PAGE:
Images: Warner Bros

Clint Eastwood films The 15:17 to Paris in France
The 1517 to Paris

Clint Eastwood filmed scenes on location in the French capital for his true-life movie The 15:17 to Paris.

The film tells the story of three young American men – two with military backgrounds – who, while travelling in Europe in 2015, were integral to thwarting an attack launched by a lone gunman on a train travelling from Amsterdam to Paris.

Eastwood was intent on an authentic recreation of the events on the train, beginning by making the unusual move of casting the three Americans as themselves in the film.

The production team spent three weeks filming in Europe and secured permission to shoot scenes at Arras Station south of Calais in northern France, where the train was diverted when the gunman tried to stage his attack.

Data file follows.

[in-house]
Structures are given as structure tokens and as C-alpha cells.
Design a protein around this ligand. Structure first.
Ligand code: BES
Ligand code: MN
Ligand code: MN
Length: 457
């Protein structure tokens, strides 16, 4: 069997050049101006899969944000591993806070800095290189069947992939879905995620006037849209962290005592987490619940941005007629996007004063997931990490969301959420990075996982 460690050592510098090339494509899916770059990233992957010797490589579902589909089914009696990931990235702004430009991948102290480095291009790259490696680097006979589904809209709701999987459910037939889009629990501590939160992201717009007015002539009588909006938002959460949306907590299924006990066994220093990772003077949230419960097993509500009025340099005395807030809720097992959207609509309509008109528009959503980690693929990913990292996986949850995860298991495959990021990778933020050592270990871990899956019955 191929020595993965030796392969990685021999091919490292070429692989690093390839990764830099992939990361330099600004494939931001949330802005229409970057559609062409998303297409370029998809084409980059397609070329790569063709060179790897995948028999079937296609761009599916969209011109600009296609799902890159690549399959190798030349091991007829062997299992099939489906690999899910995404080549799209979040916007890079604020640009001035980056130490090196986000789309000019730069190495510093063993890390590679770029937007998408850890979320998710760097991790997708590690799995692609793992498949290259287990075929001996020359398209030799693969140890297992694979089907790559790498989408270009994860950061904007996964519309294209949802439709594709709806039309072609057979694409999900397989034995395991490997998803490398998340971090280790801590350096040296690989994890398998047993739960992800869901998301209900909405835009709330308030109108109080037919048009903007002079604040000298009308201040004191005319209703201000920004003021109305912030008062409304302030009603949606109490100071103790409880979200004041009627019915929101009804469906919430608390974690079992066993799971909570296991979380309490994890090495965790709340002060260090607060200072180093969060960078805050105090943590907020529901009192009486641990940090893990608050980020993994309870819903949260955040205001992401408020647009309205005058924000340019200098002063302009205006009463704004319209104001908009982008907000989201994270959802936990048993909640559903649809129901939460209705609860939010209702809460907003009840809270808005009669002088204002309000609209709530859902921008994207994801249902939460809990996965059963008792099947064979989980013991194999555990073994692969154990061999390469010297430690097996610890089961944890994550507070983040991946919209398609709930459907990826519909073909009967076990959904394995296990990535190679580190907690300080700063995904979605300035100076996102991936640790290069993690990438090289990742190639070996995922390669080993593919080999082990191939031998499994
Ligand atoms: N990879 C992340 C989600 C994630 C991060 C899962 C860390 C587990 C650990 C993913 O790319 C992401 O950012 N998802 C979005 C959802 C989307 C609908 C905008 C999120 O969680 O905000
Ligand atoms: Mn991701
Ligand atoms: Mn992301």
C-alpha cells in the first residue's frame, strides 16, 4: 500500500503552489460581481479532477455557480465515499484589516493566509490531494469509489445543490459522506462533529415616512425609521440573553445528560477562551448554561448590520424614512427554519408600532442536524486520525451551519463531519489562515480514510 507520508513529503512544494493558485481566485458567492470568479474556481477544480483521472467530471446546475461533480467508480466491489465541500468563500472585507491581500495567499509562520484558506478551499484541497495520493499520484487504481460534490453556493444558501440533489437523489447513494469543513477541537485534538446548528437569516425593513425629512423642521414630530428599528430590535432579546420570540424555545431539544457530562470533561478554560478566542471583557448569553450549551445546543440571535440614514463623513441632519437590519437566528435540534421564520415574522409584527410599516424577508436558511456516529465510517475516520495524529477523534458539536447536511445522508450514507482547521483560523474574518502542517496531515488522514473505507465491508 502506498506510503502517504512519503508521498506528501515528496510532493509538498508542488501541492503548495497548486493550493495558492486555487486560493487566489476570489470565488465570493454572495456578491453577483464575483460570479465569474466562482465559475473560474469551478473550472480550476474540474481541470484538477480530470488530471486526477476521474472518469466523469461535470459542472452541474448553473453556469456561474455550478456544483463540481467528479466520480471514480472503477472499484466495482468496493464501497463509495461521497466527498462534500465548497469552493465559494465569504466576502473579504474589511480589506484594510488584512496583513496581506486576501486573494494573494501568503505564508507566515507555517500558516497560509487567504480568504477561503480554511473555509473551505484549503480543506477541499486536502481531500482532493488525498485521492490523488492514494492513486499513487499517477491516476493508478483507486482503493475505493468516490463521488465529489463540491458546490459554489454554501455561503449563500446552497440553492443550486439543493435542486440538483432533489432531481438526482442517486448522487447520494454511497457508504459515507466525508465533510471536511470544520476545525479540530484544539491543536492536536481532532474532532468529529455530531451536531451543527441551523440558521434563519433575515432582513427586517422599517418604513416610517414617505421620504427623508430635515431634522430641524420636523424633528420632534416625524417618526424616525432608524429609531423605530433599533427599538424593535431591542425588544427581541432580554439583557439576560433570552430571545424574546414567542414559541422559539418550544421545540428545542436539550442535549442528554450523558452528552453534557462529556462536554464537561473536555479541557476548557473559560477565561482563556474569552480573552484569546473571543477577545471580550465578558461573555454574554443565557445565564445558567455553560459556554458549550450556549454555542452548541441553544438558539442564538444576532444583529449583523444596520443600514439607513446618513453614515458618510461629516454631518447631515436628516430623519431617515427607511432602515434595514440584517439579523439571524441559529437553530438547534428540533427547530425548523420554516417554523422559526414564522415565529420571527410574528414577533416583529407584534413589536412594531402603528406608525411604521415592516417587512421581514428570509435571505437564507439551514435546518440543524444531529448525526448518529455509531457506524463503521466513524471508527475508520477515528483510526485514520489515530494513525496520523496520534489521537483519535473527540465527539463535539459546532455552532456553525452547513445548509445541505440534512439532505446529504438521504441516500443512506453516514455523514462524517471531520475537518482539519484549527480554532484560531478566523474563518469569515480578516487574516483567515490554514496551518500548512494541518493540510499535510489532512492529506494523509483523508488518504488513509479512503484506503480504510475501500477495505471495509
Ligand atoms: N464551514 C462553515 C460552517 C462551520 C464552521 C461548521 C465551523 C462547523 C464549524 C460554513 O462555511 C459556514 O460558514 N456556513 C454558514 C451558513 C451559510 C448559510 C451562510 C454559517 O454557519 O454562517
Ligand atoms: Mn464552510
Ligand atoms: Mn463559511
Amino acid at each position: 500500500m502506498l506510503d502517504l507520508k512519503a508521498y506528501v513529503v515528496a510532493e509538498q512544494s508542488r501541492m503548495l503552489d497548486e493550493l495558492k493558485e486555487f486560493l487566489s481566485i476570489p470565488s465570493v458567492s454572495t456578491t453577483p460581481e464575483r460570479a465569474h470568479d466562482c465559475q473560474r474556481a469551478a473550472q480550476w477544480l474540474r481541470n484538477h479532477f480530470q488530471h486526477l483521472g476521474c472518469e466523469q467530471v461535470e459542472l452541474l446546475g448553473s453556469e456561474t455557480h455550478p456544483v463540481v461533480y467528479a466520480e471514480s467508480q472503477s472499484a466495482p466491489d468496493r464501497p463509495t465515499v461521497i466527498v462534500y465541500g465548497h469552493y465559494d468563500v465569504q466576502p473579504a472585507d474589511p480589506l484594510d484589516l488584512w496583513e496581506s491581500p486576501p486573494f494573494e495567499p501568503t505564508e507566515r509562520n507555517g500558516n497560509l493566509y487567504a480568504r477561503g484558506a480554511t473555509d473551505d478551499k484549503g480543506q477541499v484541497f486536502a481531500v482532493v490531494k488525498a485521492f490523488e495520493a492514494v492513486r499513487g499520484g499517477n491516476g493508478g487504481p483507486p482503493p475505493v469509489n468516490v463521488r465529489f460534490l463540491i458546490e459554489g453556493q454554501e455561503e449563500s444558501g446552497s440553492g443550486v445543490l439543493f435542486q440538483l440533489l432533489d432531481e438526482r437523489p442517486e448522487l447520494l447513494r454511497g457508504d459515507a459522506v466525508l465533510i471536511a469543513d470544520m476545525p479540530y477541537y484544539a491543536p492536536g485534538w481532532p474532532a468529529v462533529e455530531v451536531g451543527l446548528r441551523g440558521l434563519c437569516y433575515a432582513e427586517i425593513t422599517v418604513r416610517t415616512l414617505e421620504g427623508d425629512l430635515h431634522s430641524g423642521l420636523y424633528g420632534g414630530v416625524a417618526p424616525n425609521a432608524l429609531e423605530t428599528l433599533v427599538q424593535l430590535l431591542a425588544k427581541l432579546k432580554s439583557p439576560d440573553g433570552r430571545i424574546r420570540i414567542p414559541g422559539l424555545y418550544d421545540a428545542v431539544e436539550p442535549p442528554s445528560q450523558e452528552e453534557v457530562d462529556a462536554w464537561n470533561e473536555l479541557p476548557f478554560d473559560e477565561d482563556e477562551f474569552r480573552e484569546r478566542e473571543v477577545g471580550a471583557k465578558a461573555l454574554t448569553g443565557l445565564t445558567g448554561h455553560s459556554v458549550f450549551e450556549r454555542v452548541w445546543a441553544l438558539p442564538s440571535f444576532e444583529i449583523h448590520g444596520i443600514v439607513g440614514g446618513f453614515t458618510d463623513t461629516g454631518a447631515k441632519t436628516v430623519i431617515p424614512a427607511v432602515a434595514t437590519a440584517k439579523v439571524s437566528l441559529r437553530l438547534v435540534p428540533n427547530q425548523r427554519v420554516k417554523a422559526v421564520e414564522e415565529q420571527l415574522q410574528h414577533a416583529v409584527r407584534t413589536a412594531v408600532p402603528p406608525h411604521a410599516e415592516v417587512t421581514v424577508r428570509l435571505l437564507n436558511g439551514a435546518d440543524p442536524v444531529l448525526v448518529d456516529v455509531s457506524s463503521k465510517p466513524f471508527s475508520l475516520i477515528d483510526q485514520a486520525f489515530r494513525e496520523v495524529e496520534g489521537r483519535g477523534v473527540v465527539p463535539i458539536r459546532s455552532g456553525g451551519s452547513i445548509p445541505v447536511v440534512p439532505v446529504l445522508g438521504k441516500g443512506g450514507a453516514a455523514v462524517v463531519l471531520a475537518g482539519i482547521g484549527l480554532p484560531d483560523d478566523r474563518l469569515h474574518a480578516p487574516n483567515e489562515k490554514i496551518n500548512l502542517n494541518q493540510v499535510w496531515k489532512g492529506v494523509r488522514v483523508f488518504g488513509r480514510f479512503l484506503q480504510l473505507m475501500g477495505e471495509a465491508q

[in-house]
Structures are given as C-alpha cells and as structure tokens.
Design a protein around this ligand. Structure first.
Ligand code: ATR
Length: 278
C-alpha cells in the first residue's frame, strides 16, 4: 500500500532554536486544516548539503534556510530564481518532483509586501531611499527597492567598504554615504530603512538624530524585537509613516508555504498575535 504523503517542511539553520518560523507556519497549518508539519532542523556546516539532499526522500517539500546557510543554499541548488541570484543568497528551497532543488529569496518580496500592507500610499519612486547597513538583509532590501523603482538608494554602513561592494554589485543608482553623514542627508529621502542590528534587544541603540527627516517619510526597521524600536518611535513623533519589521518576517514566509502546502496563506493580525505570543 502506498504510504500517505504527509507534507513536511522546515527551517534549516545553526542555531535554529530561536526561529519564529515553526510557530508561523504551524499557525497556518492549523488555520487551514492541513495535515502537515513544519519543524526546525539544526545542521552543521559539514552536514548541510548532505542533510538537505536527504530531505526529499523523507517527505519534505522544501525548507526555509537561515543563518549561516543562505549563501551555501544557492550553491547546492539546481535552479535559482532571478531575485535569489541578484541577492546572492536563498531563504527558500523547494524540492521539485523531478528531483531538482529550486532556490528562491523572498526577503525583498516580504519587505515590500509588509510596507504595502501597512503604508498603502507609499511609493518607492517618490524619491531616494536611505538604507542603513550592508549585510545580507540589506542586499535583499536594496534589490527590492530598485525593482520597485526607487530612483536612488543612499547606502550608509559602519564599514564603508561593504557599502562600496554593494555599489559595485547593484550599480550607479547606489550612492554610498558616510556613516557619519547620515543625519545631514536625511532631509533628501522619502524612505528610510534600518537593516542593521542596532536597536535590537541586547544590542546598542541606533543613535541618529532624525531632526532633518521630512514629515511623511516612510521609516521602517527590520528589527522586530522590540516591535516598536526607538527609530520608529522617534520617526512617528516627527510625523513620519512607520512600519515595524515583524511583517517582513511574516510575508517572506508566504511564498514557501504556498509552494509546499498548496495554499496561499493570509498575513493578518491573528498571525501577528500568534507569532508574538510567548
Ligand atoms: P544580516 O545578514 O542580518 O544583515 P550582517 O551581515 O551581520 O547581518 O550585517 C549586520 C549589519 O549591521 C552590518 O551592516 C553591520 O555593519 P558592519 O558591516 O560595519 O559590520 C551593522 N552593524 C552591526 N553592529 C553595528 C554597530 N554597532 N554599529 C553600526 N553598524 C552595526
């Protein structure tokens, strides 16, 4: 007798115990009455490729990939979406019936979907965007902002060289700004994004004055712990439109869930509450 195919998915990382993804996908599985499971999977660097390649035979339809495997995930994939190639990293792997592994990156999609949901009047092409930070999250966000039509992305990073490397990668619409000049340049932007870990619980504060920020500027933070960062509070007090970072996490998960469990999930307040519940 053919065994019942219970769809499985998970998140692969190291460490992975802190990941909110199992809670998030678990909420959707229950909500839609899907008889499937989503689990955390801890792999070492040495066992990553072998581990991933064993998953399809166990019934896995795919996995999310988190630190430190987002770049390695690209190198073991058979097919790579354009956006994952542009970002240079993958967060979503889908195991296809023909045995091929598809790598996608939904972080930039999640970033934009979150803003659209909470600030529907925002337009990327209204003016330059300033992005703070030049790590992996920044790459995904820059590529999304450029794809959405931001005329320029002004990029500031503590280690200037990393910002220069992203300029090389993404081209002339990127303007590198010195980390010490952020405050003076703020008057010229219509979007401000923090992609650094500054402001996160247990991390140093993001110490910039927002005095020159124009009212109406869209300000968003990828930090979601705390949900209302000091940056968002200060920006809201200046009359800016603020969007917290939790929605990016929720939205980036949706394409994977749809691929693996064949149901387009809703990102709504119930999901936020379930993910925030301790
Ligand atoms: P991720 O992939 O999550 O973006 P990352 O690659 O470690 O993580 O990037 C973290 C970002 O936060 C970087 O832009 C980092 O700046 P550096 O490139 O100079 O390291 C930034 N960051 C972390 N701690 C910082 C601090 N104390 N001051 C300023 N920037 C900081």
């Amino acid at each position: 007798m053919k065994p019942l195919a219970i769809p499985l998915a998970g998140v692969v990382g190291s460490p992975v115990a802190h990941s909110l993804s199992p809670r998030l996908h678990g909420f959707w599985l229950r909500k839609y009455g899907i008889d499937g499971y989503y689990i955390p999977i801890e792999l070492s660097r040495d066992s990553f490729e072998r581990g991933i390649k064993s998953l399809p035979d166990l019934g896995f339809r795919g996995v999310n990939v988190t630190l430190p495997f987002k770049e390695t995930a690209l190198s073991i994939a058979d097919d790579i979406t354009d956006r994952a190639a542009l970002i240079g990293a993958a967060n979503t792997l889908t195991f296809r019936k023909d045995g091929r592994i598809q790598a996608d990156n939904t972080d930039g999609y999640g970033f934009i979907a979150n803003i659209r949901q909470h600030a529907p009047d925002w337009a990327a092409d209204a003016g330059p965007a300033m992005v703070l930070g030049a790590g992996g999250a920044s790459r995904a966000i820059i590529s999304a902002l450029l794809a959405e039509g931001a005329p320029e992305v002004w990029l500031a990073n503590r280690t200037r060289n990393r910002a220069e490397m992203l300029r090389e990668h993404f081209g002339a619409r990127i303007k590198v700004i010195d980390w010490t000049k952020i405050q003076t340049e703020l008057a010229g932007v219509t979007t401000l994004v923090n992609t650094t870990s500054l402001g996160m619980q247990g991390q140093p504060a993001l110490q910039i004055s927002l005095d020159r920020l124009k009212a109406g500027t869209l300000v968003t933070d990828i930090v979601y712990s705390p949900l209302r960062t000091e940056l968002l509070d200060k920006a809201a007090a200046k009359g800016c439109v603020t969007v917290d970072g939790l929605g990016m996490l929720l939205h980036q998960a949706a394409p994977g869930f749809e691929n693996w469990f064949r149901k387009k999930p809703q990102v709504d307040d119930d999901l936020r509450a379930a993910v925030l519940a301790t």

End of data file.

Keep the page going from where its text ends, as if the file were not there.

Eastwood chose to film on a real train, rather than build an elaborate set in a studio, as was the case for Kenneth Branagh’s recent adaptation of Murder on the Orient Express and Jaume Collet-Serra’s action movie The Commuter.

Patrick Mignano is a long-term collaborator of Eastwood’s and was an associate producer on The 15:17 to Paris.

“We used the actual train for a full five days of filming,” Mignano tells KFTV. “Clint wanted to keep it real. He wanted to shoot on the train moving at speed instead of recreating it on a stage. That was one of the challenges that we faced – getting the real train.”

Mignano credits French location manager Olivier Martin with co-ordinating all the movie’s filming locations in Paris and elsewhere in the country.

“The people at [high-speed train operator] Thayls were very helpful and positive as the process moved forward,” says Mignano. “Some of their challenges were to try and get a full train dedicated to filming during the height of [the] summer tourist season for the five-day period. Then how to operate the train on tracks that have all the existing scheduled train traffic.”

The 1517 to Paris